Welcome to Notes from the Last Drive-In where this week we go sequel-mode to Maniac Cop and Maniac Cop 2. We’ve not had a double feature of two films in the same franchise since the Halloween Hootenanny, so tonight is a rare treat. So, how do Maniac Cop and its sequel fair? Did Shudder dig too deep?

Maniac Cop (1988)

Opening: Psychics in our midst.

Ah, Maniac Cop. This 1988 crime horror film probably could not be made today given the level of tension surrounding law enforcement, and that is probably for the best because the existing film is already perfectly suited for its time. Maniac Cop is the result of the incredible team-up of the late Larry Cohen and director William Lustig. The film also features a remarkably stacked cast including Tom Atkins, Bruce Campbell, Laurene Landon, and Richard Roundtree. The movie belongs, however, to Robert Z’Dar as the titular crazy cop. The movie itself isn’t overly complicated with a ton of plot to get in the way – a vaguely undead cop, wronged by the system, returns to life and exacts violent vengeance on the city. Not a lot here, but the film does well with this stripped-down concept.

The film uses its setting very well, building off the scary New York City of the 1970s and 1980s that worked its way into so many crime films of the time. It is a perfect backdrop for a story about the corruption of justice framed around a hulking cop bashing heads in. And boy, do people get messed up in this movie. Z’Dar’s Officer Cordell is a monster. He offers up an incredible silhouette against the backdrop of night, perhaps looking even bulkier than Jason Voorhees. Z’Dar’s role is mostly mute, but there is an undeniable presence to the character, so it isn’t hard to see why three films were made, with him returning for all three. Tom Atkins and Bruce Campbell, two leading men, play a form of a relay in the film with the role of lead protagonist switching from one to the other about two-thirds of the way through the film. It’s novel, at least, but between the two of them, Atkins should have carried the movie through to the end. Campbell is fairly flat, here, playing it straight. Atkins gets most of the actual development, Campbell gets a couple of action scenes.

The story is simple but perhaps overly so. The film also has a number of contrivances that allow it to move from set piece to set piece, including a particularly fun chase scene, but again, the plot is a secondary concern here, though perhaps maybe that shouldn’t have been the case. Still, elements of the film have a certain, and unfortunate, timeless quality. Issues of police violence against citizens and corruption of the legal system still persist to this day and were not necessarily new things when Maniac Cop was released. This is a grindhouse film, through and through, and one of the last of them.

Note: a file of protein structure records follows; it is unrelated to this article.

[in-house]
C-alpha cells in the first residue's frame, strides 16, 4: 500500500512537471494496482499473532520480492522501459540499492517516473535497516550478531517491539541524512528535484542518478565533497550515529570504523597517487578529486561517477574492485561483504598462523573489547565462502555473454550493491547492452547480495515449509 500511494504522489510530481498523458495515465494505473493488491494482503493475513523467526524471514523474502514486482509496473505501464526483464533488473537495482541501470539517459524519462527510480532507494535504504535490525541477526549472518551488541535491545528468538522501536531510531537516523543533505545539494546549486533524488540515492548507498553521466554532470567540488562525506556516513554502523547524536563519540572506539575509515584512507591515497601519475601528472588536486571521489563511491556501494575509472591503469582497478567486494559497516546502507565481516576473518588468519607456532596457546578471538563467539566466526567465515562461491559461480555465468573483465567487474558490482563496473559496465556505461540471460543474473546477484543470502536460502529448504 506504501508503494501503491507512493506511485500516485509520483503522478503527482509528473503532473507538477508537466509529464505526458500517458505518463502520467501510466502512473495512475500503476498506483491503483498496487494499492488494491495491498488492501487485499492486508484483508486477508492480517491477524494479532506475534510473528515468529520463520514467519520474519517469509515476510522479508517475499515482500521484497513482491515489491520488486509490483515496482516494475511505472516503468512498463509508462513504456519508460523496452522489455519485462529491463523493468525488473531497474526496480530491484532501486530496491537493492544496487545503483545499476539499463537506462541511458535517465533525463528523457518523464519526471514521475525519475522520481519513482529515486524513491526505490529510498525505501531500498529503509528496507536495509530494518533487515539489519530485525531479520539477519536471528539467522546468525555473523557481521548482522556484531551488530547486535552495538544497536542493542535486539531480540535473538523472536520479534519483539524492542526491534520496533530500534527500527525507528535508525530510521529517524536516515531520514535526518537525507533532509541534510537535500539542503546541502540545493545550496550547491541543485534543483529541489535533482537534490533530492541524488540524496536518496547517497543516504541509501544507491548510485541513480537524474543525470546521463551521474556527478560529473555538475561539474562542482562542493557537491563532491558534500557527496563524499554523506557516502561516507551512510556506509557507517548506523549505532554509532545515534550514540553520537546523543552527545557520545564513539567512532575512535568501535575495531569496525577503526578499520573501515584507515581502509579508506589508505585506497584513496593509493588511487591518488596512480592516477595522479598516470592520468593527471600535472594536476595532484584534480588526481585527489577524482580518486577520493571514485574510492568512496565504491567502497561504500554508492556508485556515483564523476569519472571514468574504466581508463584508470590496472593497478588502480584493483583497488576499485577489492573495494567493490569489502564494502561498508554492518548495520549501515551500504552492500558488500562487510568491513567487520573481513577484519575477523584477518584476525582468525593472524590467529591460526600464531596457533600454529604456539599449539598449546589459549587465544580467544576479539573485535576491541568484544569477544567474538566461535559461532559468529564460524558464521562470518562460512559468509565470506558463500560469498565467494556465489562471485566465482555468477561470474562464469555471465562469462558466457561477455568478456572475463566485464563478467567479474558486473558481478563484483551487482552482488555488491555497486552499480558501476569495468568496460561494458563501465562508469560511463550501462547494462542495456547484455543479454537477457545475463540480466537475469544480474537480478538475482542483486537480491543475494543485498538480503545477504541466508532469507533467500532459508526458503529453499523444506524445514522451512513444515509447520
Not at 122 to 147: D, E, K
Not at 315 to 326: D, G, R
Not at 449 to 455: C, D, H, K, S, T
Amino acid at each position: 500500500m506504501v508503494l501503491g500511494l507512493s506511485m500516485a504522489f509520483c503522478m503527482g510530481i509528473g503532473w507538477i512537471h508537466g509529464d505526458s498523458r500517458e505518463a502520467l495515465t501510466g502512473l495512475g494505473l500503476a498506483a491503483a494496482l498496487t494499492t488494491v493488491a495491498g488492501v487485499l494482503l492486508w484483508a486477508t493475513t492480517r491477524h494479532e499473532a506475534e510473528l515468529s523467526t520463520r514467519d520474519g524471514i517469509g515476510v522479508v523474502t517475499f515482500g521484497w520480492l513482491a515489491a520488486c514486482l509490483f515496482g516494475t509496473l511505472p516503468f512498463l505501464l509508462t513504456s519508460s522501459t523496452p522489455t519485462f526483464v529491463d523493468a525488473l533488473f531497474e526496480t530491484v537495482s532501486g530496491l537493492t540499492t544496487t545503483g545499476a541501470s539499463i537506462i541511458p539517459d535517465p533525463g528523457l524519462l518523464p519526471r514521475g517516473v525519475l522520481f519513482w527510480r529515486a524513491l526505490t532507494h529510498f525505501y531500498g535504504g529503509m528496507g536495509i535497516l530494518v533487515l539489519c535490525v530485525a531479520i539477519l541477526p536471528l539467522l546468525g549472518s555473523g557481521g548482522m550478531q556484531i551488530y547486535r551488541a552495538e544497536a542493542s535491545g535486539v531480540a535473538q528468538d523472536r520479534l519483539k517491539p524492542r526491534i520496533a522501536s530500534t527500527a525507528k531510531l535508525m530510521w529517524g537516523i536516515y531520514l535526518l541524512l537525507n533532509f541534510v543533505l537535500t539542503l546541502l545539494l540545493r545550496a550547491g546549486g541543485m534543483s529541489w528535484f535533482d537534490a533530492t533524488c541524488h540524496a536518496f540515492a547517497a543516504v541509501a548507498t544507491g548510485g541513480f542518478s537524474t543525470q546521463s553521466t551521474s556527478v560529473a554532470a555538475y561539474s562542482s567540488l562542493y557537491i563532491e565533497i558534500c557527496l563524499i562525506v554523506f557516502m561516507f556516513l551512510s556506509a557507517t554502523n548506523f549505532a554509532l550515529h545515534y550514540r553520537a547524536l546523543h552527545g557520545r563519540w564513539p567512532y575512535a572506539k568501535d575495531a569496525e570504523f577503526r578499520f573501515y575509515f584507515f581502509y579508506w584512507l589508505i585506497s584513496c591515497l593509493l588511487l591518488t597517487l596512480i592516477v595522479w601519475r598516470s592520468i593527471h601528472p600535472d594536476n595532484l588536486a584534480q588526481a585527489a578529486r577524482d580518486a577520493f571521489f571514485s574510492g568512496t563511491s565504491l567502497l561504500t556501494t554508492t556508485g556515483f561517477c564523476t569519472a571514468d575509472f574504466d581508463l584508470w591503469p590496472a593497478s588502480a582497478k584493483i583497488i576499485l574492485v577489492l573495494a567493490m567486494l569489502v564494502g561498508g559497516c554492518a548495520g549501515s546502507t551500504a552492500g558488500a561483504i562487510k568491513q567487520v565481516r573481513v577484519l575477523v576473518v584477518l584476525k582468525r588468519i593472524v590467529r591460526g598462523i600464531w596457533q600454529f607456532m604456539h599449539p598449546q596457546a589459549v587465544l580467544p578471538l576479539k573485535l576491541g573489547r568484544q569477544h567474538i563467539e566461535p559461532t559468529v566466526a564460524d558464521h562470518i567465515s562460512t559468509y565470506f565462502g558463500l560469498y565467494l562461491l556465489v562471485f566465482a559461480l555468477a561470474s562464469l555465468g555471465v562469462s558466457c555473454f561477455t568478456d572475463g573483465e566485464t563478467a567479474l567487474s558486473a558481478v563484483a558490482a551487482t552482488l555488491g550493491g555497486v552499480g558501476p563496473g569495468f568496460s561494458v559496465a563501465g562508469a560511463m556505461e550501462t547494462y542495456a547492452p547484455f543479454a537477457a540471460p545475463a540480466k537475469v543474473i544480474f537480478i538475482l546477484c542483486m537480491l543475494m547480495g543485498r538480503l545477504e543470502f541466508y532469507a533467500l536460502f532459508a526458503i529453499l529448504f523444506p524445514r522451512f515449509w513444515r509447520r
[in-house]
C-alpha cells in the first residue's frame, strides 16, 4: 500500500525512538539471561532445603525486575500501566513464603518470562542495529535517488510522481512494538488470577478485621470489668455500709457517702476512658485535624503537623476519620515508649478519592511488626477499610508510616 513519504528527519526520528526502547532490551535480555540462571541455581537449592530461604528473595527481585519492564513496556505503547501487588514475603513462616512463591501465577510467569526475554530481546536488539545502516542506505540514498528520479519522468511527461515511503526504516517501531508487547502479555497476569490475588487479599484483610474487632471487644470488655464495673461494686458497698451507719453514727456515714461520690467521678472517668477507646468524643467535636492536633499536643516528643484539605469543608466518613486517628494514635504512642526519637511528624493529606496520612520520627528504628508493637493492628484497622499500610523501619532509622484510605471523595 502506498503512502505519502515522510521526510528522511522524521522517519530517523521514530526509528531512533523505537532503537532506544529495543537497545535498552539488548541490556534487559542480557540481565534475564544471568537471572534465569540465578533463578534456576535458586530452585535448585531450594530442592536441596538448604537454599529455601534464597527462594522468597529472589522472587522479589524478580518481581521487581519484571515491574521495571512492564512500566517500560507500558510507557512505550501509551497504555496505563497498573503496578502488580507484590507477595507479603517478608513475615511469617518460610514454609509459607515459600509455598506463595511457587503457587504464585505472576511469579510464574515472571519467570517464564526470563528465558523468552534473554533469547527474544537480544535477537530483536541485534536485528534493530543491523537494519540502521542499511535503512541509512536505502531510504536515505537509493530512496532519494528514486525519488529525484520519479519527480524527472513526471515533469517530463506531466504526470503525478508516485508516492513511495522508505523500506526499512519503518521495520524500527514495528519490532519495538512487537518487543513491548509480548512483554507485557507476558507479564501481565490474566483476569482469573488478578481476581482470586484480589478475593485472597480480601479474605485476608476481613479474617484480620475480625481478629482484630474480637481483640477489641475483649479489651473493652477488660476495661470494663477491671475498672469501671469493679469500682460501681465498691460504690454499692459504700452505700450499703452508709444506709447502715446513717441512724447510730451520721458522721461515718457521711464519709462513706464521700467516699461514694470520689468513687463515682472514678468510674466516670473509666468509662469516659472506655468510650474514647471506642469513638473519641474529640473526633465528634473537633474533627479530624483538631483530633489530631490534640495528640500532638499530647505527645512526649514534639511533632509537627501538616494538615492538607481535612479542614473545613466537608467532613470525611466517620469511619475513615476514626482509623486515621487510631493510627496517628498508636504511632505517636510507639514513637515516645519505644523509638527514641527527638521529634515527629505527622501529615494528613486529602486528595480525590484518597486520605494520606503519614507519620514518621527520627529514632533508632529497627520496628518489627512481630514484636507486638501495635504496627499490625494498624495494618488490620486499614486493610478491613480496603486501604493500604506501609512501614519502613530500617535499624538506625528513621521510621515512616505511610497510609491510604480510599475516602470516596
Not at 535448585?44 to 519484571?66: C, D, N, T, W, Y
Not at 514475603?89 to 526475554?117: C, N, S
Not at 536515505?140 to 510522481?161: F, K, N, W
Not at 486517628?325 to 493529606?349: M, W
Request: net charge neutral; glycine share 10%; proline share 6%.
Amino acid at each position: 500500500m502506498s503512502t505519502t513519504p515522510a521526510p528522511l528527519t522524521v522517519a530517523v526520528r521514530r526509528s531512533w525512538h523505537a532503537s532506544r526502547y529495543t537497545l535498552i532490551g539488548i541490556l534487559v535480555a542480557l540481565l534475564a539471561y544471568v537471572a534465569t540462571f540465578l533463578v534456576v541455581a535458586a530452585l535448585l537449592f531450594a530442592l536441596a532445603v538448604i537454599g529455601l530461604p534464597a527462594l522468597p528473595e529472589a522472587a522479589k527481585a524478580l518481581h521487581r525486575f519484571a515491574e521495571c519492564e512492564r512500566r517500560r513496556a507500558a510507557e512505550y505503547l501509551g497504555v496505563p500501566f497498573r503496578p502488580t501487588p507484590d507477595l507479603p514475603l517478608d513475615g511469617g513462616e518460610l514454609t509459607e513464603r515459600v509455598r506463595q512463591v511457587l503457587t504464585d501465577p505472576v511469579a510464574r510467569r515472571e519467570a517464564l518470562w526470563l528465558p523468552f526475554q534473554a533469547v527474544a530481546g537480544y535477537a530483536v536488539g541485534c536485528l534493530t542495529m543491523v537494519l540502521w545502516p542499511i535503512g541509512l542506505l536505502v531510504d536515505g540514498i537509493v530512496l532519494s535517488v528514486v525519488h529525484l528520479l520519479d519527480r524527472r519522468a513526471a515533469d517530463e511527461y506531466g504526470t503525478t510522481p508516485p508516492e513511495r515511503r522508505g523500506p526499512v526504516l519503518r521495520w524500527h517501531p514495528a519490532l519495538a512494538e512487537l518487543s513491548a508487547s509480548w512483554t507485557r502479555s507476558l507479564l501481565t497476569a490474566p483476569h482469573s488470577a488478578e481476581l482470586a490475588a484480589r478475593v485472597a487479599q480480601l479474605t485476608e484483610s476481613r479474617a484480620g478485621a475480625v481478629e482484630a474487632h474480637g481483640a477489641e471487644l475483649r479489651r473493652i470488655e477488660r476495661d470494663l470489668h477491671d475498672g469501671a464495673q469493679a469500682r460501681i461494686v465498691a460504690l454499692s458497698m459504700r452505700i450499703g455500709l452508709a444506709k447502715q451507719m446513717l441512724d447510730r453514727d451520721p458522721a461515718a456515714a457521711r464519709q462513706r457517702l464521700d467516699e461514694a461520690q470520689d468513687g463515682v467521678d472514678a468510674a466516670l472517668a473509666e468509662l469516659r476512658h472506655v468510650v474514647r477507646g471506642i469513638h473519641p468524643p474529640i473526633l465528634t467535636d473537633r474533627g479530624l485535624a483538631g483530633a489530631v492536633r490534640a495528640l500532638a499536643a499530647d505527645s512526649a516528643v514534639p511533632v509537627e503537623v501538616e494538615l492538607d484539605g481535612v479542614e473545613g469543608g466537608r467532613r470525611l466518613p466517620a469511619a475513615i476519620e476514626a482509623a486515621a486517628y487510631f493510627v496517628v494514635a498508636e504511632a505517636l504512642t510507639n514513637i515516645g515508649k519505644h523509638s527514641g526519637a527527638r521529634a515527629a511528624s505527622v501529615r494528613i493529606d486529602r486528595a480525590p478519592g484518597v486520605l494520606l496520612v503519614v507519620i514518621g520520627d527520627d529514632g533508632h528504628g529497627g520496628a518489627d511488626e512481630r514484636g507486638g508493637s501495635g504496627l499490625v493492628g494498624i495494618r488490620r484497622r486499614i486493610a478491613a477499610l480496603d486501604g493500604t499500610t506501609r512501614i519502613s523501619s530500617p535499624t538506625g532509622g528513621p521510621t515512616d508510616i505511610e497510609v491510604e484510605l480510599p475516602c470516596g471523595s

Movie poster for Maniac Cop
Does Cordell’s name on the poster count as a spoiler?

The big bit of the first half of the night was the interview with “the chin” himself, Bruce Campbell. The remote-format interviews this season, given their necessity, have been fine. Would it be better to have Bruce Campbell at the cabin, sitting on the porch have been better? Undoubtedly. But these scripted interactions are still very much fun and generally showcase the guest in such a way as to remind us why we like them. Bruce was every bit as charming as he has been known to be across the convention scene and on movie sets. It’s almost like popping in on an old friend. His stories and recollections were welcome – and will surely be welcome again once Joe Bob and company return to the trailer. The night was also a reminder of the wonders of Larry Cohen, one of the finest writers in film, who left us in 2019. It seems to me that there are two kings of the drive-in movie, and Cohen is one of them, the other being Roger Corman.

Joe Bob Briggs gave Maniac Cop four stars, which seems fair to me. I have been poking fun at his generosity a bit this season, but a movie like Maniac Cop just hits all those marks for the type of movie we love at The Last Drive-In. It’s a grindhouse movie that plays fast and loose with storytelling in order to get to the next fun part? But you know what? That’s perfectly fine. Plus, it has Robert Z’Dar casting one of the most imposing silhouettes in film history, so that is a bonus. As for me, I do have my concerns with it, but Maniac Cop is a solid four out of five Cthulhus.

4 out of 5 stars (4 / 5)

Best Line: “Look at the size of those hematomas!” – Frank (Joe Bob was totally right about this one)

Still from the movie Maniac Cop
Bruce Campbell never stood a chance.

Maniac Cop 2 (1990)

Opening: Renaissance Faires, emphasis on the “e” in faires.